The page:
Paint, like all other products offered for sale here must be ‘Fit for Purpose’. Resene research and development chemists spend their time trying to develop better and better products. New products must always be tested in order to ensure that they achieve their basic ‘fitness for purpose’ as well as for any new novel claims that might be made for the product - and this can involve novel testing.
For the majority of paint properties, there exist a wide range of standard test methods; promulgated by recognised standard authorities; performed in registered laboratories: on calibrated instrumentation; by trained people; delivering reproducible, relevant results.
Interestingly, berets and giant catapults are not part of the standard laboratory wear or equipment.
There are some areas where the range of standard tests or testing equipment are unable to duplicate the complexities of the property one wishes to test - flooring materials are such an example. While there are abrasion resistance and scratch resistance tests available, they do not give the full picture of the range of subtle stresses a floor is subject to. Our architectural flooring finishes are therefore always tested on the stair treads leading to the factory’s ‘smoko’ room and our industrial flooring finishes in a high forklift traffic area in the factory. A difficult test to incorporate in a standard!
For architectural coatings aimed at exterior use, the ability to retain function, both physical and aesthetic, is critical. Testing exterior durability appears relatively simple - stick a few samples (over appropriate substrates) outside and wait 10 years or so before assessing! A wee problem is that 10 years is a long time to wait for a result and suitable means need to be found to reduce the duration of the test while still producing meaningful results.
The three elements of atmospheric exposure, in decreasing order of aggression, are U.V. light, moisture and heat. U.V. levels, typically measured from 290-450 nms, vary widely depending on sun - earth separation, cloud cover, altitude, pollution and surface reflections. A summer’s day (when the sun is at its closest) in the north of the country can have a U.V.I (U.V. Index) of greater than 14, while a winter day in the South would typically have a U.V.I of about 1 (measured on a clear day around noon).
While a U.V.I of 14 is considered extreme, it is positively benign compared with some areas in altiplano in the High Andes where values of double this are not uncommon! Northern hemisphere U.V.I’s are typically 40% lower than in the southern hemisphere due to the sun being at its apogee, higher ozone levels and higher pollution levels.
Back here, a clear summer’s day in Leigh, North Auckland would be 2 U.V.I units higher than a similar day in Invercargill. A similar difference exists between a year which experiences a ‘good’ summer as against a ‘poor’ one.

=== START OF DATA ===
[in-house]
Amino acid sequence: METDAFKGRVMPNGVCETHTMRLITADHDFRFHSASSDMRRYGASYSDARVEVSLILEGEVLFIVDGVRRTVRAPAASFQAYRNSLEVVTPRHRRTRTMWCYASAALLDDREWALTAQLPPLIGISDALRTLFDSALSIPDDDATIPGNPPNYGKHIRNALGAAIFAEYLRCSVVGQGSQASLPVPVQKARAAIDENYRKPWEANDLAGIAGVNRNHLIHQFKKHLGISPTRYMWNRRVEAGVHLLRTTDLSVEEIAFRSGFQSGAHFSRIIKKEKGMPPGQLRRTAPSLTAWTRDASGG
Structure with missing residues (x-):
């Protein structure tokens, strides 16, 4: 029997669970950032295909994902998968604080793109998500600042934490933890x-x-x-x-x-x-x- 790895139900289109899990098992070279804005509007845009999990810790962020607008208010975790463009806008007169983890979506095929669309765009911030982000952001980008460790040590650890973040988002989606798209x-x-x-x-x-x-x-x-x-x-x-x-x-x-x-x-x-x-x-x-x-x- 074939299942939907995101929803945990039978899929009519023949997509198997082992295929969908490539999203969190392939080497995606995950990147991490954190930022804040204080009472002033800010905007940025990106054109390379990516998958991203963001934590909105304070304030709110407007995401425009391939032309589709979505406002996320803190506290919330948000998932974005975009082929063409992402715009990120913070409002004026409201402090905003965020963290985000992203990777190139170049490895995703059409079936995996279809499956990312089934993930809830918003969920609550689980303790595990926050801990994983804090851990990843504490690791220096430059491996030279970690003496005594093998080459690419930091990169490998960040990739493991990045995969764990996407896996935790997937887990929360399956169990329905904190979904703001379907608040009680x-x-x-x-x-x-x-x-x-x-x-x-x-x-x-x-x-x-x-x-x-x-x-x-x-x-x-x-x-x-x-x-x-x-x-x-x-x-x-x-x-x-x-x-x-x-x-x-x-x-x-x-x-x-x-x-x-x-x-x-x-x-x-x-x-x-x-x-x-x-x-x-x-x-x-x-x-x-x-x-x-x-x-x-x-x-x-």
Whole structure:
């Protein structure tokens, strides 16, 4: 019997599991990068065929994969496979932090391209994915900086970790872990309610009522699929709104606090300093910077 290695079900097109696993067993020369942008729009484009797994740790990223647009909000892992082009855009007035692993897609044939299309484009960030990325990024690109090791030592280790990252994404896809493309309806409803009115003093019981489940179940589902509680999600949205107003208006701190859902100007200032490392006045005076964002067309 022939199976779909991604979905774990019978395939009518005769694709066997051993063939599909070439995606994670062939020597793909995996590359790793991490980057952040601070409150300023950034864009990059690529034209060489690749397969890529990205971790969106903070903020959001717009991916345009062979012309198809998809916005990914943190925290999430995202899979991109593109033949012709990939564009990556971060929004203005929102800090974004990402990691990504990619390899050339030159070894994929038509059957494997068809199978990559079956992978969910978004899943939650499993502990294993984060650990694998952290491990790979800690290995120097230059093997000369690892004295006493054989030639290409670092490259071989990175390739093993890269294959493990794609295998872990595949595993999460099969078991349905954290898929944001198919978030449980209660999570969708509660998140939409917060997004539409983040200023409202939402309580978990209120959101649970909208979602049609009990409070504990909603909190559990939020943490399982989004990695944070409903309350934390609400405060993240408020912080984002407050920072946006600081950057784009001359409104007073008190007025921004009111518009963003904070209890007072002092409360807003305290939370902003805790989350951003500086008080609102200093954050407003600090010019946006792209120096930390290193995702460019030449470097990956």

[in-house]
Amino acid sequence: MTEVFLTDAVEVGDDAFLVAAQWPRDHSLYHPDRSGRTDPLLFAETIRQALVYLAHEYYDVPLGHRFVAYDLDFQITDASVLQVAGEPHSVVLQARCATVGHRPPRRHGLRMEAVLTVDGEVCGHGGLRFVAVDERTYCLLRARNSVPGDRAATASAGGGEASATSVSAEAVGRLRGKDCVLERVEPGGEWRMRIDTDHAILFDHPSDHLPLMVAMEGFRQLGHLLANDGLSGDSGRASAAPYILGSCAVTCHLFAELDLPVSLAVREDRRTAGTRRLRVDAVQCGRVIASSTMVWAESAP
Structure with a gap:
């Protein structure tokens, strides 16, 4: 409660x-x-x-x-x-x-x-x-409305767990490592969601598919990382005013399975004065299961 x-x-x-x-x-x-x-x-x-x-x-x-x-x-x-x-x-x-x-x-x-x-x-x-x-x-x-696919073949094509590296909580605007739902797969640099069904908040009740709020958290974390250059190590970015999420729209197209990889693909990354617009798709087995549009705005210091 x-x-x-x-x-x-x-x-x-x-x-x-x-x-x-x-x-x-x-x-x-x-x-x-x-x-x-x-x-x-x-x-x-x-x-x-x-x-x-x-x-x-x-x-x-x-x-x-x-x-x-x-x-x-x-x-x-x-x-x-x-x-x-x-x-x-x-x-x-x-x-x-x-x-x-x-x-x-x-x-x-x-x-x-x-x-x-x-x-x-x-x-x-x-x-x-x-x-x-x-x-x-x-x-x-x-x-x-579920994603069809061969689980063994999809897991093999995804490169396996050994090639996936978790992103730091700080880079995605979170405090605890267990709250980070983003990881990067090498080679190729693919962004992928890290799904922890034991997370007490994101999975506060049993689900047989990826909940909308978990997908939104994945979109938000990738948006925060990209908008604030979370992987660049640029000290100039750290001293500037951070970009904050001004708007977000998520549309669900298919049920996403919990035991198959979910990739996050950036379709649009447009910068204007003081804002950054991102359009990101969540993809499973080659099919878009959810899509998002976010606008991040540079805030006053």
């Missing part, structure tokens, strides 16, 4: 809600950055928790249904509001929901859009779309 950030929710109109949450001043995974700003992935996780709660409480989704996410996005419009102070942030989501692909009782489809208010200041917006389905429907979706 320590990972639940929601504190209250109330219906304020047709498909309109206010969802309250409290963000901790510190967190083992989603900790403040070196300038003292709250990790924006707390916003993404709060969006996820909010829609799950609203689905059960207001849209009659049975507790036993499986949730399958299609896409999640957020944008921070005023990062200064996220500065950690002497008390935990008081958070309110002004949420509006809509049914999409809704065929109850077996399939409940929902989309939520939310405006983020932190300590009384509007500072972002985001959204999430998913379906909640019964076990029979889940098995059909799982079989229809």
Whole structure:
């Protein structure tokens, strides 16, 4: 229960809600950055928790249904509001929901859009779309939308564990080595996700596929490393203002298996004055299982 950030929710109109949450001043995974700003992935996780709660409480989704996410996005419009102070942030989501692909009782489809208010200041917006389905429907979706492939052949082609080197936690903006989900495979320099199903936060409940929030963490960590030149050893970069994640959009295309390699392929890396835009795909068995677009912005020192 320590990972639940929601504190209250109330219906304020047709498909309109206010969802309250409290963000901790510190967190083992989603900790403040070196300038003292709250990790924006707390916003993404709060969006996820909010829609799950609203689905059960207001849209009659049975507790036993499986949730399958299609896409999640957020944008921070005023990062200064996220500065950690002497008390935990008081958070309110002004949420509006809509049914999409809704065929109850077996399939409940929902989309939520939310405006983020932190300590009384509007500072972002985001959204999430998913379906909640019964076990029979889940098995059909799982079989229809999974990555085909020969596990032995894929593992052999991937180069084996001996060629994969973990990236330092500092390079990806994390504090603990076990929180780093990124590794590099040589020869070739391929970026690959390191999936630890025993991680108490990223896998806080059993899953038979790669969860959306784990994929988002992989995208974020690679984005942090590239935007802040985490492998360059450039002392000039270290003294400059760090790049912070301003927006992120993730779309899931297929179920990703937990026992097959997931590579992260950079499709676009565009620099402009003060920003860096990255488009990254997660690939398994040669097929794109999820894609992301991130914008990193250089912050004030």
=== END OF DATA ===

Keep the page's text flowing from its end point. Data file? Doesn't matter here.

The interplay between U.V. and moisture is a subtle one. It is your scribe’s belief (unsupported by hard data) that moisture typical of what we experience in humid regions can prevent self-repair mechanisms in paint films which can occur in high U.V., arid exposure sites.
There are several pieces of equipment which attempt to accelerate natural weathering manipulating the levels of the three antagonists mentioned above. However there are subtleties in natural weathering (particularly in the precise spectrum of U.V. received) which make correlation between natural and artificial weathering extremely difficult.
We have observed pigments which perform exceptionally well in artificial weathering which fail abysmally on natural weathering - and vice versa. While this may seem like a gloomy view of artificially accelerated weathering, data generated, in the hands of a knowledgeable and experienced chemist, does add value.
Multiplying the effect of natural weathering can be achieved by exposing panels at a site closer to the equator; angling the panels to maximise U.V. exposure; rotating the panels to follow the sun from rise to set; adding reflecting mirrors to increase the units of U.V. hitting the panels and adding water spray to the assembly.
All of these facilities are available from commercial exposure facilities, the nearest of which is at Allunga on the outskirts of Townsville. Such exposures are sometimes called up in standards.
Because of the large amount of exposure data required, most paint manufacturers will have their own ISO-endorsed exposure site and expose their panels facing north and elevated to 45° from the horizontal. Resene has such sites at Upper Hutt and Tauranga and a non-endorsed tropical site just outside Nadi, Fiji.
Because of the seasonal variabilities outlined above, new products must always be exposed alongside known performers to account for this. While a five year exposure under these conditions can guarantee a ‘worry free’ night’s rest for the formulating chemist, positive (or negative) feelings occur after two years.
Experience has shown that our climate is unique and harsh and even the most fully tested product can occasionally show earlier than expected breakdown. The best yardstick that the development chemist can have is the knowledge that previous analogues of the technologies being used have already stood the test of time in local conditions and that the new product is performing at least as well as the known standards. So, unless paint is really designed for and tested in our harsh environment, it really can be exposed.
by Colin Gooch, Resene Technical Director